By Frank Rizzo
BINGHAMTON They practiced what they believed, this 2011 edition of the Livingston Manor Wildcats.
And their belief was simple: They were the best Class D baseball team in the state.
They proved it on Sunday with a decisive 13-0 win over Section II champ Loudonville Christian School at Binghamton’s NYSEG Stadium.
Junior Mike Mills threw a two-hitter and at the final out fell to the well-manicured ground, open-mouthed stunned. Teammates quickly joined him to complete the “victory pileup.”
Afterward, he cried unabashedly.
“I didn’t think I would cry, but the emotion was too much,” Mills said of the victory delayed but not denied: the game had started Saturday at nearby Johnson City High School, shortened to three innings by storms and heavy rain, and completed at the professional confines of the Mets’ AA team.
On Saturday, Mills had pitched four scoreless innings in the comeback 7-4 semifinal win over Section V’s Lyndonville.
Through three innings in the final he kept the Eagles (19-3) hitless as the Wildcats used a six-run second to take a commanding 7-0 lead before the storms came. Four miscues by their opponents helped the cause.
The overnight rest undoubtedly helped, but Mills said in any case he was ready to shoulder the burden on Sunday.
“I felt good, I had the energy to go all the way,” he said.
He struck out eight in the final and for the tourney finished with 13 strikeouts in 11 scoreless innings while yielding just four hits.
Mills was asked if he feared some unscouted team from the hinterlands who might prove formidable.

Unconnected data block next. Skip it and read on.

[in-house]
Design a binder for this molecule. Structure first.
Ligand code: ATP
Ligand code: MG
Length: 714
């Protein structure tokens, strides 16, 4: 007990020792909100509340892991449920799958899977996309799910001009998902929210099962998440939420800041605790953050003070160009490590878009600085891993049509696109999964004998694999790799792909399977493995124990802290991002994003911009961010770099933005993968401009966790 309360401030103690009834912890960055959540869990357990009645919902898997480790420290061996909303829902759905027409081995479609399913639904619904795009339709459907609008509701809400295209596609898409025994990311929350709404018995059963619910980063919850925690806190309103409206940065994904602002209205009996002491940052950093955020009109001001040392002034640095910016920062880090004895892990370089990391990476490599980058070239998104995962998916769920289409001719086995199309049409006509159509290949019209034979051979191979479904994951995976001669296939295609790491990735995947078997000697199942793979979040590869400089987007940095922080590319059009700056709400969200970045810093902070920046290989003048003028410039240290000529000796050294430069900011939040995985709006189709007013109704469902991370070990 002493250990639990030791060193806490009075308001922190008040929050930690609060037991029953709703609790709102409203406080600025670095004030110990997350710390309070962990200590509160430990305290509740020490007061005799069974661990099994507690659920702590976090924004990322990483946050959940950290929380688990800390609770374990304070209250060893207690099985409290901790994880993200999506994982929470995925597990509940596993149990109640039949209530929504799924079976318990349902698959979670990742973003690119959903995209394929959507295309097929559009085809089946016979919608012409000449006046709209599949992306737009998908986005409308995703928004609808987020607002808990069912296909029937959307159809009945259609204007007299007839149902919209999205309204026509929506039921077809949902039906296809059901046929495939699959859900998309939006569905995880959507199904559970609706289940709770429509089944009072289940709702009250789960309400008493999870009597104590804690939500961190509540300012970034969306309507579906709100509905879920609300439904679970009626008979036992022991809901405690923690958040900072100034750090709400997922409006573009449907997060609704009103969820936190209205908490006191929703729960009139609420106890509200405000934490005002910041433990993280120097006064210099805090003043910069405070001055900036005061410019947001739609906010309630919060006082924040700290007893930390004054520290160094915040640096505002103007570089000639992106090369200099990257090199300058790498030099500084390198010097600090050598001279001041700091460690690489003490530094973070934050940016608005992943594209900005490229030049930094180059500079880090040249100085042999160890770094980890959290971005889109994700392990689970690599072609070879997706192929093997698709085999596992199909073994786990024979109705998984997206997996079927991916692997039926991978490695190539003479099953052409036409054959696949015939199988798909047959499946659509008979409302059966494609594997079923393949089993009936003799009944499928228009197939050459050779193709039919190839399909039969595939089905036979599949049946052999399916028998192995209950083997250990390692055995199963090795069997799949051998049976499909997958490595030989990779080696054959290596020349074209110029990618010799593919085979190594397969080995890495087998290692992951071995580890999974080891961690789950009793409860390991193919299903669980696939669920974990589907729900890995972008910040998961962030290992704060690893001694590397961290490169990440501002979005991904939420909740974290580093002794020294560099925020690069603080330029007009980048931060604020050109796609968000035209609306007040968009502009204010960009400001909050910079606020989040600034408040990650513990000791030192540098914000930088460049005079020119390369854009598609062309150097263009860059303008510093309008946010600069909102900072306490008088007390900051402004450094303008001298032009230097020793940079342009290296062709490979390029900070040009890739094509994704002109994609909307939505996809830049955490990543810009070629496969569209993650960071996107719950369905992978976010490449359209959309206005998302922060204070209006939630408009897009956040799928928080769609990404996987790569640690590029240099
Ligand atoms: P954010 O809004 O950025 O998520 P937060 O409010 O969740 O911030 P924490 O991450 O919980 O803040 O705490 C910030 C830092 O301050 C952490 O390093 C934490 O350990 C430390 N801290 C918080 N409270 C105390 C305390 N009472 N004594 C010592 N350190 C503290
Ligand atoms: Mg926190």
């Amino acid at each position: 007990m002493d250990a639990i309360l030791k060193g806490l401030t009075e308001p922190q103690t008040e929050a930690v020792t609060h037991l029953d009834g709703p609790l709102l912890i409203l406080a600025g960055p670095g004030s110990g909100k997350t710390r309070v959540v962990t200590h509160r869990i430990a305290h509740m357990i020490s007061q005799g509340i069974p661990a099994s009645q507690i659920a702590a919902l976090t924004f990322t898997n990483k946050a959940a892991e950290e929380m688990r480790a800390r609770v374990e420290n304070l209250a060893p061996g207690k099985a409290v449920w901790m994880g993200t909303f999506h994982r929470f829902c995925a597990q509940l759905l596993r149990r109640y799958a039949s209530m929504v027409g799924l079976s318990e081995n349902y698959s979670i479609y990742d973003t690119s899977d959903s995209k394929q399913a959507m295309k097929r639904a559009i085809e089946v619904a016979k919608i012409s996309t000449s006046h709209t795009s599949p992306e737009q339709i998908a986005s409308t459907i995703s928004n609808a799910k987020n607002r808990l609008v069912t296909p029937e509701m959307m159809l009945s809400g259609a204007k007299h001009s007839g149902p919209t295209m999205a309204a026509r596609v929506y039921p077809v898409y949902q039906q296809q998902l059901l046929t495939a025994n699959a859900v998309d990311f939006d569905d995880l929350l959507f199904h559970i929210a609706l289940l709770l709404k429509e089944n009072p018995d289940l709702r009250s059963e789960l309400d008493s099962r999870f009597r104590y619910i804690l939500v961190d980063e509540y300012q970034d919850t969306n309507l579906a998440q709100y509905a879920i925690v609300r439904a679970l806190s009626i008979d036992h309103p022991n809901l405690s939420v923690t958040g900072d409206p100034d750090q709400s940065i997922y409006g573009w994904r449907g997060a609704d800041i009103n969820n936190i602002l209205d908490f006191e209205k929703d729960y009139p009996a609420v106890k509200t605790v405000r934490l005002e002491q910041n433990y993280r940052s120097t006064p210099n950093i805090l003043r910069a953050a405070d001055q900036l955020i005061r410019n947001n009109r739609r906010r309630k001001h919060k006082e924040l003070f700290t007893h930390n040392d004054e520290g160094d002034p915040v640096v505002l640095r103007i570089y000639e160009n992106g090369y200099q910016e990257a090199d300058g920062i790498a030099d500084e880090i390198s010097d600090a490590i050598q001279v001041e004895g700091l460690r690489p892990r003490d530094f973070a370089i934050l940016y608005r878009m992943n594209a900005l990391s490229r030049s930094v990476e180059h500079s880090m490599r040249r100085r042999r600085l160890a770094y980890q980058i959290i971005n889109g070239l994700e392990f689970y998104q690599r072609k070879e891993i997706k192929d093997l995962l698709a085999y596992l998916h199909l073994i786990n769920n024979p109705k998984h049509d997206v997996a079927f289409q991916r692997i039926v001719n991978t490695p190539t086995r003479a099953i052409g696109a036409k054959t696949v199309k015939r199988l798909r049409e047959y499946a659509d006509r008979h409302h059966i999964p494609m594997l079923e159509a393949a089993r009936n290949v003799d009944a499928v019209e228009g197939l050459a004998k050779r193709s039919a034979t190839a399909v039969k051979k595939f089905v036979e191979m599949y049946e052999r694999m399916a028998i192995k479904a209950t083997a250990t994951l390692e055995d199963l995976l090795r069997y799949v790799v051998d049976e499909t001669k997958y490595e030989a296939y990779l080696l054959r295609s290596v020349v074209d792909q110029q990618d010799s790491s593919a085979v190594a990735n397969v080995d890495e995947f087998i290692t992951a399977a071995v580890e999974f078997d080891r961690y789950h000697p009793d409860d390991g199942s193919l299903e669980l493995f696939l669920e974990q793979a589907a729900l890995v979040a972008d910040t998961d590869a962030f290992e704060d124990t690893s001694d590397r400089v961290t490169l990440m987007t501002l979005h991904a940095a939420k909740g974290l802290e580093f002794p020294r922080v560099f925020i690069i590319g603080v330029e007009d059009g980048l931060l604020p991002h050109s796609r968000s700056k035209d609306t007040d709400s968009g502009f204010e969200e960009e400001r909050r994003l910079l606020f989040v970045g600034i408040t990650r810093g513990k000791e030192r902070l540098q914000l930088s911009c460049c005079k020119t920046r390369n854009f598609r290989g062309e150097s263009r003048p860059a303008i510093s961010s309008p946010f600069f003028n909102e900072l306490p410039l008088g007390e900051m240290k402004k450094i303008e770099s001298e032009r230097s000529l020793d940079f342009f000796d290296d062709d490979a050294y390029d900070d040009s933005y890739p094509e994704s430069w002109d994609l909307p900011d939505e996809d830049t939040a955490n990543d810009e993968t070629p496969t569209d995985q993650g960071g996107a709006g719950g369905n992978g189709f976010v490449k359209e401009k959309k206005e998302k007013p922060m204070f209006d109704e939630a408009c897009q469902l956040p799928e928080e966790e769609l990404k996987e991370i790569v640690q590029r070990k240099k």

“There was no fear,” Mills said. “We’ve been here before… we’ve seen the other teams (and) we’ve competed all year.”
A large contingent of Manor fans and parents milled around, savoring the victory presentation and championship feeling. Among them were members of the Manor softball repeat state champs, and softball co-coach Kevin Clifford, whose championship tee-shirt back read: “We didn’t come this far, to only come this far.”
It was a sentiment Manor baseball coach Jeff Loeffler agreed with.
“We were here in ’09, a lot of them were freshmen,” Loeffler said of the 11-1 semifinal loss to Schenectady Christian. “They knew the deal, knew what to expect. In ’09 we were just satisfied to be here. [This time] we knew we were the best team, and our goal was not just to get here, but to win two games.”
Loudonville Christian had used its best pitcher, Alex Malossi, in the 5-3 semifinal win over Brookfield.
“You could tell our players were spent after that game… we should have gone home,” said coach Tim Phelps, lamenting that his team could not end its best year in a more competitive fashion.
Part of it, of course, he ascribed to Mills.
“He was by far the best pitcher we faced this season,” said the 11-year coach, whose teams, he noted, had never been shut out. In addition, his squad batted over .350 this year and his staff had an ERA below 3.00.
But the Eagles ran into a team of destiny.
“We played our best ball [in the playoffs], peaked at the right time,” said Loeffler “It was a nice playoff run. We made the plays we needed, pitched well and had the clutch hits.”
“It wasn’t an easy road,” said Loeffler, a 1992 graduate of Kingston High School. “We had to play a lot of bigger schools.”
The Wildcats were part of a two-team Class D division, along with Chapel Field.
“From the first day of practice (March 7) we were talking about winning this,” said Mills. “There’s no better feeling.”
No panic at deficit
Manor players expressed no sense of panic when the Wildcats fell behind 4-0, to Lyndonville in the semi.
Mills had kept the Section V (Buffalo area) champs scoreless on two hits over four innings. In the fifth, Brandon Smith relieved, and control problems (one run scored on a passed ball, another on a bases-loaded walk) along with two singles and a sac fly put the Wildcats in the hole. The Tigers added another in the sixth.
But Manor finally “broke the code” off starter Ryan Lilley’s off-speed stuff, and erupted for six runs in the sixth to chase the previously unbeaten hurler (81). The big hits were a pair of two-run singles by Joe Fredenburg and Andrew Cummings.
“It was only his second varsity loss,” according to Lyndonville (174) coach Shane Price. “We had to play four games in seven days to get here and our bodies and arms were taxed.”